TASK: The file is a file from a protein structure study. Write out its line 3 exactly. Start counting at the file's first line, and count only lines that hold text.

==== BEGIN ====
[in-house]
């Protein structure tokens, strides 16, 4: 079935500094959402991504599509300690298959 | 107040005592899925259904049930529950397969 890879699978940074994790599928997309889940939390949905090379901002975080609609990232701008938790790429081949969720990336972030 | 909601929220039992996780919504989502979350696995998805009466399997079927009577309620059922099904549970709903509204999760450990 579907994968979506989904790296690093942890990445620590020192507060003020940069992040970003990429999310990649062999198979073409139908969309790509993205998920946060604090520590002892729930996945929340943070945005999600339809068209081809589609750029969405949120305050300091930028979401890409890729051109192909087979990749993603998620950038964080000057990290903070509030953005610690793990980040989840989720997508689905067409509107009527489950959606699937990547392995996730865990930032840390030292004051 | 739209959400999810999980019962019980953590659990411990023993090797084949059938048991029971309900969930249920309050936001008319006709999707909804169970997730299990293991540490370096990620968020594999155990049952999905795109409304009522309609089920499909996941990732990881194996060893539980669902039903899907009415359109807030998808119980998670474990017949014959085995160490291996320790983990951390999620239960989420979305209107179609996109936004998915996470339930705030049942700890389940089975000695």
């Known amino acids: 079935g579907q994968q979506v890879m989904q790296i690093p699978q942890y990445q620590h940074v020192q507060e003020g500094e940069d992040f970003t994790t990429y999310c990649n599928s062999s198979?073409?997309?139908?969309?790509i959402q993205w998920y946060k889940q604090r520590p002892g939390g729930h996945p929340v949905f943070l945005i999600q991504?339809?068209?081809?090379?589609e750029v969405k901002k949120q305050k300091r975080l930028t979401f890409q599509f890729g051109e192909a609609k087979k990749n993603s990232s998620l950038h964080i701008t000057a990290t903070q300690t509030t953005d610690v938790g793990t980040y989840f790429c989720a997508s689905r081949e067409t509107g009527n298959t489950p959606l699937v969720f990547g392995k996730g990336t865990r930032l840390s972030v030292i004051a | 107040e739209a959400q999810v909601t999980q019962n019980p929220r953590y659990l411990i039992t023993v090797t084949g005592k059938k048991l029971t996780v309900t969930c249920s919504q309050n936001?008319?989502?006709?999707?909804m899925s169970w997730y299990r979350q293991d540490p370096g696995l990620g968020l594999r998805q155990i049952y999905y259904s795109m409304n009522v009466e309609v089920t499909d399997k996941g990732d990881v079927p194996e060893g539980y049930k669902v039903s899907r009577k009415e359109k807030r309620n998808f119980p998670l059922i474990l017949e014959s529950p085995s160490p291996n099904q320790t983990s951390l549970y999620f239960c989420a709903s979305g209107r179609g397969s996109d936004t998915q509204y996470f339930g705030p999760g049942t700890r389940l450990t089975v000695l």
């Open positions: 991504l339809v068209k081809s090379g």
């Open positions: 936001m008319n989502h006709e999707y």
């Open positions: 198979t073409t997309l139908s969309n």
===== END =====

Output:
């Known amino acids: 079935g579907q994968q979506v890879m989904q790296i690093p699978q942890y990445q620590h940074v020192q507060e003020g500094e940069d992040f970003t994790t990429y999310c990649n599928s062999s198979?073409?997309?139908?969309?790509i959402q993205w998920y946060k889940q604090r520590p002892g939390g729930h996945p929340v949905f943070l945005i999600q991504?339809?068209?081809?090379?589609e750029v969405k901002k949120q305050k300091r975080l930028t979401f890409q599509f890729g051109e192909a609609k087979k990749n993603s990232s998620l950038h964080i701008t000057a990290t903070q300690t509030t953005d610690v938790g793990t980040y989840f790429c989720a997508s689905r081949e067409t509107g009527n298959t489950p959606l699937v969720f990547g392995k996730g990336t865990r930032l840390s972030v030292i004051a | 107040e739209a959400q999810v909601t999980q019962n019980p929220r953590y659990l411990i039992t023993v090797t084949g005592k059938k048991l029971t996780v309900t969930c249920s919504q309050n936001?008319?989502?006709?999707?909804m899925s169970w997730y299990r979350q293991d540490p370096g696995l990620g968020l594999r998805q155990i049952y999905y259904s795109m409304n009522v009466e309609v089920t499909d399997k996941g990732d990881v079927p194996e060893g539980y049930k669902v039903s899907r009577k009415e359109k807030r309620n998808f119980p998670l059922i474990l017949e014959s529950p085995s160490p291996n099904q320790t983990s951390l549970y999620f239960c989420a709903s979305g209107r179609g397969s996109d936004t998915q509204y996470f339930g705030p999760g049942t700890r389940l450990t089975v000695l």